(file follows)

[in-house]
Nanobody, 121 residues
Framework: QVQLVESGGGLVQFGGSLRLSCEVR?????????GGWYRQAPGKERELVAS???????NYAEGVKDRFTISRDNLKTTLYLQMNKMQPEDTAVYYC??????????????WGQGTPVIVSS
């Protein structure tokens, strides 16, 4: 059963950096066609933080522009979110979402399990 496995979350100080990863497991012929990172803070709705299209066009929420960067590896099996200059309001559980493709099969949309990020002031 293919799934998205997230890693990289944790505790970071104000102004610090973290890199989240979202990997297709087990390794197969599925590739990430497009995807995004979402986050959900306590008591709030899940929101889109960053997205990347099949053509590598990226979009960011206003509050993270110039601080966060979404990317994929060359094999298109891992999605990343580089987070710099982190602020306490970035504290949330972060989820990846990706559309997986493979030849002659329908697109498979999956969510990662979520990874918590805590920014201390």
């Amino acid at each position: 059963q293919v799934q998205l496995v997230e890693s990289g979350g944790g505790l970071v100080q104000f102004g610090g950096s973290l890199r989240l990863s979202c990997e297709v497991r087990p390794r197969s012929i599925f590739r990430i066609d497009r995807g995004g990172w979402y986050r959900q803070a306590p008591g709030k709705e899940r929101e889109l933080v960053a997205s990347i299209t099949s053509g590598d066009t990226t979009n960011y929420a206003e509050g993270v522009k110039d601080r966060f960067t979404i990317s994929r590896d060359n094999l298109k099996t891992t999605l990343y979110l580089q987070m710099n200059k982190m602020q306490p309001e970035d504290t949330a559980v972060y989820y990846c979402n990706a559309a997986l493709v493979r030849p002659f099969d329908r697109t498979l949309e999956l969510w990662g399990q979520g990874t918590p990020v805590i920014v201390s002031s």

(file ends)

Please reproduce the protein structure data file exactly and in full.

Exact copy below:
[in-house]
Nanobody, 121 residues
Framework: QVQLVESGGGLVQFGGSLRLSCEVR?????????GGWYRQAPGKERELVAS???????NYAEGVKDRFTISRDNLKTTLYLQMNKMQPEDTAVYYC??????????????WGQGTPVIVSS
């Protein structure tokens, strides 16, 4: 059963950096066609933080522009979110979402399990 496995979350100080990863497991012929990172803070709705299209066009929420960067590896099996200059309001559980493709099969949309990020002031 293919799934998205997230890693990289944790505790970071104000102004610090973290890199989240979202990997297709087990390794197969599925590739990430497009995807995004979402986050959900306590008591709030899940929101889109960053997205990347099949053509590598990226979009960011206003509050993270110039601080966060979404990317994929060359094999298109891992999605990343580089987070710099982190602020306490970035504290949330972060989820990846990706559309997986493979030849002659329908697109498979999956969510990662979520990874918590805590920014201390």
């Amino acid at each position: 059963q293919v799934q998205l496995v997230e890693s990289g979350g944790g505790l970071v100080q104000f102004g610090g950096s973290l890199r989240l990863s979202c990997e297709v497991r087990p390794r197969s012929i599925f590739r990430i066609d497009r995807g995004g990172w979402y986050r959900q803070a306590p008591g709030k709705e899940r929101e889109l933080v960053a997205s990347i299209t099949s053509g590598d066009t990226t979009n960011y929420a206003e509050g993270v522009k110039d601080r966060f960067t979404i990317s994929r590896d060359n094999l298109k099996t891992t999605l990343y979110l580089q987070m710099n200059k982190m602020q306490p309001e970035d504290t949330a559980v972060y989820y990846c979402n990706a559309a997986l493709v493979r030849p002659f099969d329908r697109t498979l949309e999956l969510w990662g399990q979520g990874t918590p990020v805590i920014v201390s002031s």